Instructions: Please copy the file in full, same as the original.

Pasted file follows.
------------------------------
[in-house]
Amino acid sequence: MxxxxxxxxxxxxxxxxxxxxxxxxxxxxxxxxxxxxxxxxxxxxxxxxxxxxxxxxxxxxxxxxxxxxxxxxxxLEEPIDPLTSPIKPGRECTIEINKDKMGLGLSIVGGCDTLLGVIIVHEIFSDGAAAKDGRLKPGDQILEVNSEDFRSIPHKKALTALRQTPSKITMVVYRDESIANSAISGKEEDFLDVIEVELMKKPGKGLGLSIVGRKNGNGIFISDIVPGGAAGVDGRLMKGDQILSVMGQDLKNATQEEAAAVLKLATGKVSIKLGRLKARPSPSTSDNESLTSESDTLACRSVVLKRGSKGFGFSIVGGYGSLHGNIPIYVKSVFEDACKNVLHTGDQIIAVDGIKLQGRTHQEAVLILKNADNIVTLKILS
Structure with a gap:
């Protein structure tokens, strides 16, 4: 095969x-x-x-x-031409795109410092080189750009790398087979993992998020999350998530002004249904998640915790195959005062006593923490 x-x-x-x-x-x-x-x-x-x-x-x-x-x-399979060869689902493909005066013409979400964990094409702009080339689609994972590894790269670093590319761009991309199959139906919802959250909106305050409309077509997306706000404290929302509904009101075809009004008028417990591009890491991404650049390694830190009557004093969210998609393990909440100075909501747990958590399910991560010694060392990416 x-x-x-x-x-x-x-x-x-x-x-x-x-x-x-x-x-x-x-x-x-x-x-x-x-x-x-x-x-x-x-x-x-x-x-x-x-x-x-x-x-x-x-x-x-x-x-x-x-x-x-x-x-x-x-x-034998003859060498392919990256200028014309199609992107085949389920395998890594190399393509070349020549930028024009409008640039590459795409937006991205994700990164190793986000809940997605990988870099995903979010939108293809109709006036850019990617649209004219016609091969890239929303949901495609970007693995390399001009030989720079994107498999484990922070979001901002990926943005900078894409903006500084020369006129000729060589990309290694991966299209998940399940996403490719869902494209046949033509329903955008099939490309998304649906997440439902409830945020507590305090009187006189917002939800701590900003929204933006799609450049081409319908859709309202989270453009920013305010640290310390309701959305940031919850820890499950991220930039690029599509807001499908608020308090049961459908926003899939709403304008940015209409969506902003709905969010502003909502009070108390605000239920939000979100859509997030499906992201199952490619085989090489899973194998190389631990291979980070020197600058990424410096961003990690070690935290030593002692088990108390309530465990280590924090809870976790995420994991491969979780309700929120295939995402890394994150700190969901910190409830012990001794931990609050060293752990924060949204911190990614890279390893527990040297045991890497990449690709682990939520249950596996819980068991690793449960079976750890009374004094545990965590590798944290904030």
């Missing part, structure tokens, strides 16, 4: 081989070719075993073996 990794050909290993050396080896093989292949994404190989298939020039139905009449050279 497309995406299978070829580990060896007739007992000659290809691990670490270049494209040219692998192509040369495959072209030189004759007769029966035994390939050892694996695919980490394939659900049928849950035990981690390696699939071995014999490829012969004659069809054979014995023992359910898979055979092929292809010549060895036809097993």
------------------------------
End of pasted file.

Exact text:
[in-house]
Amino acid sequence: MxxxxxxxxxxxxxxxxxxxxxxxxxxxxxxxxxxxxxxxxxxxxxxxxxxxxxxxxxxxxxxxxxxxxxxxxxxLEEPIDPLTSPIKPGRECTIEINKDKMGLGLSIVGGCDTLLGVIIVHEIFSDGAAAKDGRLKPGDQILEVNSEDFRSIPHKKALTALRQTPSKITMVVYRDESIANSAISGKEEDFLDVIEVELMKKPGKGLGLSIVGRKNGNGIFISDIVPGGAAGVDGRLMKGDQILSVMGQDLKNATQEEAAAVLKLATGKVSIKLGRLKARPSPSTSDNESLTSESDTLACRSVVLKRGSKGFGFSIVGGYGSLHGNIPIYVKSVFEDACKNVLHTGDQIIAVDGIKLQGRTHQEAVLILKNADNIVTLKILS
Structure with a gap:
């Protein structure tokens, strides 16, 4: 095969x-x-x-x-031409795109410092080189750009790398087979993992998020999350998530002004249904998640915790195959005062006593923490 x-x-x-x-x-x-x-x-x-x-x-x-x-x-399979060869689902493909005066013409979400964990094409702009080339689609994972590894790269670093590319761009991309199959139906919802959250909106305050409309077509997306706000404290929302509904009101075809009004008028417990591009890491991404650049390694830190009557004093969210998609393990909440100075909501747990958590399910991560010694060392990416 x-x-x-x-x-x-x-x-x-x-x-x-x-x-x-x-x-x-x-x-x-x-x-x-x-x-x-x-x-x-x-x-x-x-x-x-x-x-x-x-x-x-x-x-x-x-x-x-x-x-x-x-x-x-x-x-034998003859060498392919990256200028014309199609992107085949389920395998890594190399393509070349020549930028024009409008640039590459795409937006991205994700990164190793986000809940997605990988870099995903979010939108293809109709006036850019990617649209004219016609091969890239929303949901495609970007693995390399001009030989720079994107498999484990922070979001901002990926943005900078894409903006500084020369006129000729060589990309290694991966299209998940399940996403490719869902494209046949033509329903955008099939490309998304649906997440439902409830945020507590305090009187006189917002939800701590900003929204933006799609450049081409319908859709309202989270453009920013305010640290310390309701959305940031919850820890499950991220930039690029599509807001499908608020308090049961459908926003899939709403304008940015209409969506902003709905969010502003909502009070108390605000239920939000979100859509997030499906992201199952490619085989090489899973194998190389631990291979980070020197600058990424410096961003990690070690935290030593002692088990108390309530465990280590924090809870976790995420994991491969979780309700929120295939995402890394994150700190969901910190409830012990001794931990609050060293752990924060949204911190990614890279390893527990040297045991890497990449690709682990939520249950596996819980068991690793449960079976750890009374004094545990965590590798944290904030």
């Missing part, structure tokens, strides 16, 4: 081989070719075993073996 990794050909290993050396080896093989292949994404190989298939020039139905009449050279 497309995406299978070829580990060896007739007992000659290809691990670490270049494209040219692998192509040369495959072209030189004759007769029966035994390939050892694996695919980490394939659900049928849950035990981690390696699939071995014999490829012969004659069809054979014995023992359910898979055979092929292809010549060895036809097993």